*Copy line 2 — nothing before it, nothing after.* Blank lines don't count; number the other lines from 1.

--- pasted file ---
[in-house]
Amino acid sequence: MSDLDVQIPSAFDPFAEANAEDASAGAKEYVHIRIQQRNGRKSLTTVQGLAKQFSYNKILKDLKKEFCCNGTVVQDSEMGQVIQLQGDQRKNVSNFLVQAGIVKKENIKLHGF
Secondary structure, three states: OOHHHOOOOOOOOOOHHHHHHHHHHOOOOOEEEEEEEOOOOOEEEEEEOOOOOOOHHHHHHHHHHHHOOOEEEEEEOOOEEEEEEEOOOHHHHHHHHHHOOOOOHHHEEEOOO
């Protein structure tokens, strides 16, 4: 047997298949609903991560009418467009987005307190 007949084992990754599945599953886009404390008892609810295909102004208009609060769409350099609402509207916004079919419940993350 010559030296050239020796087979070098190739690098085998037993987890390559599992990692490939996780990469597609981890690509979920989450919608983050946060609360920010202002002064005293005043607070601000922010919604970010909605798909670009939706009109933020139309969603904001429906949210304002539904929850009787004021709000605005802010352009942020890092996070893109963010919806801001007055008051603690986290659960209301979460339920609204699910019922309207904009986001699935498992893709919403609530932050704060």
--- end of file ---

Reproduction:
Amino acid sequence: MSDLDVQIPSAFDPFAEANAEDASAGAKEYVHIRIQQRNGRKSLTTVQGLAKQFSYNKILKDLKKEFCCNGTVVQDSEMGQVIQLQGDQRKNVSNFLVQAGIVKKENIKLHGF